Do Women Managers Ameliorate Gender Differences in Wages? Evidence from a Large Grocery Retailer

  • Penner A
  • Toro-Tulla H
  • Huffman M
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Abstract

Women's disadvantages in labor market outcomes are often attributed to
the preponderance of men at or near the top of organizational
hierarchies. While theories of homophily predict that women in positions
of power ameliorate gender differences in wages for employees under
them, status characteristics theory suggests that women face comparable
disadvantages when working under men and women. Despite the existence of
competing theoretical perspectives, there is little empirical work
investigating the effect of women in positions of organizational power
on gender inequality among their subordinates. This study makes an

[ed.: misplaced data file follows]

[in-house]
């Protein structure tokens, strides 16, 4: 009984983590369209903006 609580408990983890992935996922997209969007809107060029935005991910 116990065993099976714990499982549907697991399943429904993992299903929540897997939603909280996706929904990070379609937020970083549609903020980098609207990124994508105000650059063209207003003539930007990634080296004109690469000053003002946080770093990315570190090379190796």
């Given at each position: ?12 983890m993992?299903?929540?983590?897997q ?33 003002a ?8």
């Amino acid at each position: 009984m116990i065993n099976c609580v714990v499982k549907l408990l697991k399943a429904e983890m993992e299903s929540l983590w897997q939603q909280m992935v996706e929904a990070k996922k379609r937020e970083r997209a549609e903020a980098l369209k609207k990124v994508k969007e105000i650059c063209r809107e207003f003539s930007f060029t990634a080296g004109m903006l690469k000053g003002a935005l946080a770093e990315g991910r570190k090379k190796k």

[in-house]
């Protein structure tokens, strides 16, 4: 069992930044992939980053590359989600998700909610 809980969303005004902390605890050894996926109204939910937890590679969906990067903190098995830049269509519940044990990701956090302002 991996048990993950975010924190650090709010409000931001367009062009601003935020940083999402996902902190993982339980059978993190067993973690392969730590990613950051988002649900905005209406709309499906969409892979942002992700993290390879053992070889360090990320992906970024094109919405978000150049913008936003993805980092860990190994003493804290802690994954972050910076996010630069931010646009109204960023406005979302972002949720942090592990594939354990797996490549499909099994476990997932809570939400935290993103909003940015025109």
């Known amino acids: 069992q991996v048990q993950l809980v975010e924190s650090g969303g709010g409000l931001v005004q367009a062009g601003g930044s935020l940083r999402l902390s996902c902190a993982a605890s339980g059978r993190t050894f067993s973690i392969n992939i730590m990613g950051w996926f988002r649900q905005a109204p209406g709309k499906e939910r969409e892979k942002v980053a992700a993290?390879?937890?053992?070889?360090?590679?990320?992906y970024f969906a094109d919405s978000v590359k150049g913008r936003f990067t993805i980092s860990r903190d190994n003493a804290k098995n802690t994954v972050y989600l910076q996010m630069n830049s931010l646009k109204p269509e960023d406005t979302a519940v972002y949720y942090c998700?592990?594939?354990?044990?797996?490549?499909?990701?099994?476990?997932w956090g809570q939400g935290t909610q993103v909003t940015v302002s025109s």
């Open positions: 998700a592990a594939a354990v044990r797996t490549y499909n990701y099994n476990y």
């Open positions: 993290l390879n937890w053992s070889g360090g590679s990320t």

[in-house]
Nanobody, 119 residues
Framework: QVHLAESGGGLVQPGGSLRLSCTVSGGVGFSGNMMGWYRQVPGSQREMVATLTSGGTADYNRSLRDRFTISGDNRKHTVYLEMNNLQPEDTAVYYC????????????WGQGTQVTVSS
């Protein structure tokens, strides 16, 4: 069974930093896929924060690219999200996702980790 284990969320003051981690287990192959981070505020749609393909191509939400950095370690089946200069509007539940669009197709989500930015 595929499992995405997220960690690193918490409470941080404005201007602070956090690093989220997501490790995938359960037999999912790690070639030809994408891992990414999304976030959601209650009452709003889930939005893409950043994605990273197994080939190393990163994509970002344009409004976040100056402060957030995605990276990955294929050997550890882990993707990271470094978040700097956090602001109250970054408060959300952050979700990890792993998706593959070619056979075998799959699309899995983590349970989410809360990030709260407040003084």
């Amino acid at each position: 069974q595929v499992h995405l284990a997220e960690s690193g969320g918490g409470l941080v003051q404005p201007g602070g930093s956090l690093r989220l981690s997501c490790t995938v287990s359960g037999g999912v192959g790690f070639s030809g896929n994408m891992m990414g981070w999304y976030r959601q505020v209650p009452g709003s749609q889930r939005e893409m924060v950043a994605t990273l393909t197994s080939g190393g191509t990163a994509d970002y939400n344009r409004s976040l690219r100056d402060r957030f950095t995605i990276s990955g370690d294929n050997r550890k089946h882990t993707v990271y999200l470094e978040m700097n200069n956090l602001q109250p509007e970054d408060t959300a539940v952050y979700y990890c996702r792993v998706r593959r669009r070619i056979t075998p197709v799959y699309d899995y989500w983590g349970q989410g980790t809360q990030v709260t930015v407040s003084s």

important contribution to this literature by using employment records
from 3,707 employees at a large U.S.-based grocery retailer over nine
years to examine how the gender gap in wages varies in establishments
with male and female managers. Consistent with status characteristics
theory, the authors find no significant differences between male and
female managers in terms of gender-based wage inequality among their
employees.

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Authors

  • Andrew M. Penner

  • Harold J. Toro-Tulla

  • Matt L. Huffman

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